In turn, overseas LPs are increasingly looking to Japan – which marks a distinct change in approach for Asia-Pacific allocations. “Investors with exposure to Asia-Pacific are usually heavily skewed towards China,” says Mounir Guen, CEO of MVision. “When looking further afield, they have often been attracted to Korea because it is a very dynamic market. But over the past couple of years, we’ve seen LPs make joint allocations to Japan and Korea, especially as some of the larger Korean GPs are now expanding into Japan.”
4 The global giants make their mark
Carlyle was one of the first of the global mega-firms to set up shop in Tokyo – and has gone from strength to strength in Japan. It held a final close of its fourth Japan-focused buyout fund Carlyle Japan Partners IV in March 2020 on ¥258 billion, doubling the size of its previous fund. “Last year was much better than we originally anticipated,” says Kazuhiro Yamada, head of Carlyle’s Japan advisory group. “We had thought early on that deal activity would be suspended and that we’d only be spending time with portfolio companies. It didn’t turn out that way – the market was pretty active.”
Carlyle has over the years gradually been joined by a virtual who’s who of international GPs with EQT among the latest to open Tokyo offices. Bain Capital, Carlyle, KKR and Blackstone are also reported to have been hiring over the past few months, and overseas giants are also making their mark with a string of high profile deals over the past 12 months.
5 Opportunities from stock exchange reforms
There are also many deals coming from – and set to come from – the reforms of the Japanese stock exchanges, says Kenichi Harada, managing partner at Japanese private equity firm J-STAR. The reorganisation of the Tokyo Stock Exchange will see a rationalisation of its current five market sections to three from April 2022.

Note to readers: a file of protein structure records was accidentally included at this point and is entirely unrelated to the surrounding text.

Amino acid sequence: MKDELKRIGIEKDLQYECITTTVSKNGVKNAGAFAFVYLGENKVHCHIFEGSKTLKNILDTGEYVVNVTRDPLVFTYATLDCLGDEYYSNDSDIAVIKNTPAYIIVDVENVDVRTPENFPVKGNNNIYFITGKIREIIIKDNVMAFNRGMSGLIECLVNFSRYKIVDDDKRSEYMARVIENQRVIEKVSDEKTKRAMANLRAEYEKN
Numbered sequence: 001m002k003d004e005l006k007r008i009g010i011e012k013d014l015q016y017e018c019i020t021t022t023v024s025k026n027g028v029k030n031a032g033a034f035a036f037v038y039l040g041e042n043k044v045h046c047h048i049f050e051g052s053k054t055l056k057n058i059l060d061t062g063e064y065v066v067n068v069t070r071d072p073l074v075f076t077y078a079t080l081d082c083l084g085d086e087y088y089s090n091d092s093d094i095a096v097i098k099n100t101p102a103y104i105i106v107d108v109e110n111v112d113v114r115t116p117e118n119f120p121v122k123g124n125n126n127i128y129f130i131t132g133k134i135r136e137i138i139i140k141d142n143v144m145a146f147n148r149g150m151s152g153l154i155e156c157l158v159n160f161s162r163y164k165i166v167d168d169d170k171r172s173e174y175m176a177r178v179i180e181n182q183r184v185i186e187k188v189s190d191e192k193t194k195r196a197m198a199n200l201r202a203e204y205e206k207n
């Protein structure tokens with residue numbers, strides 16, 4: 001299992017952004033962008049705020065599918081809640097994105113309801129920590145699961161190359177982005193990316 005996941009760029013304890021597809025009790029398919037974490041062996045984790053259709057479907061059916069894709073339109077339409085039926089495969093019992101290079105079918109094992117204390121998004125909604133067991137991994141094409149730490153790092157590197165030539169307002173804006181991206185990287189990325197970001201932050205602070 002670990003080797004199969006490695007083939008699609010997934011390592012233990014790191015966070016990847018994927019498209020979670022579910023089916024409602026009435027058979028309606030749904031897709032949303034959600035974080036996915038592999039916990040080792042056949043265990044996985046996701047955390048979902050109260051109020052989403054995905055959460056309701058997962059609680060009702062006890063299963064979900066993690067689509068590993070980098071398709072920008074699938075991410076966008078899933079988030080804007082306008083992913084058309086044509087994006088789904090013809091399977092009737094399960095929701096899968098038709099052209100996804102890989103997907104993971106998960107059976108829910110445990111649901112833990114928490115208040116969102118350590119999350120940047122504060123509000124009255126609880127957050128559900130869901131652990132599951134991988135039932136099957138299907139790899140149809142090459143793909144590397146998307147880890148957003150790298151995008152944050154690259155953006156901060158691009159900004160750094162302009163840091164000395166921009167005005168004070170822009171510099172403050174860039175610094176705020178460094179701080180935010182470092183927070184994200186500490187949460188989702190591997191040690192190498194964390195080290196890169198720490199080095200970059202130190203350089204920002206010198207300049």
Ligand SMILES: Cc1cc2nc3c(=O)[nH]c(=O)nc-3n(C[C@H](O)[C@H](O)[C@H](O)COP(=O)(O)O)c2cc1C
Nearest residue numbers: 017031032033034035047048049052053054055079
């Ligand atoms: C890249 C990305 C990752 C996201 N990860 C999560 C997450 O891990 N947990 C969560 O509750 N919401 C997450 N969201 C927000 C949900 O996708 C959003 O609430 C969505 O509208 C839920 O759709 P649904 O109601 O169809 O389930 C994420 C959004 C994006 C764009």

“While not yet completed, we will see a significant reorganisation of the market and a change to the required listing criteria,” says Harada. “This should lead to many more opportunities for private equity as fallen angels, consolidation and carve-out deals increasingly come to the M&A market.”
The changes will re-categorise listing criteria – and potentially make it more attractive to go private. “Historically, we have not completed a public to private transaction, though given this regulatory change there is actually a lot of opportunities coming this way,” says Sunrise Capital managing director Ryoichiro Minagawa. “We think this is a potential opportunity, so from our end we also proactively approach companies that could be in this category as well.”
Carlyle’s Yamada says: “The stock exchange reforms will create some significant changes and this will drive further corporate governance reforms, building on what we’ve seen over the past seven years or so.”
6 Venture capital finds its feet
Japan has always been long regarded as an innovator in technology, but that was largely the domain of the big corporations. Not any longer. The venture scene is expanding fast – and finally realising its much talked about potential.
In 2019, the country saw more than $4 billion invested across 1,406 start-ups, which represents a significant jump from the $1.6 billion invested during 2015 and the $800 million invested in 2010, according to sister title Venture Capital Journal.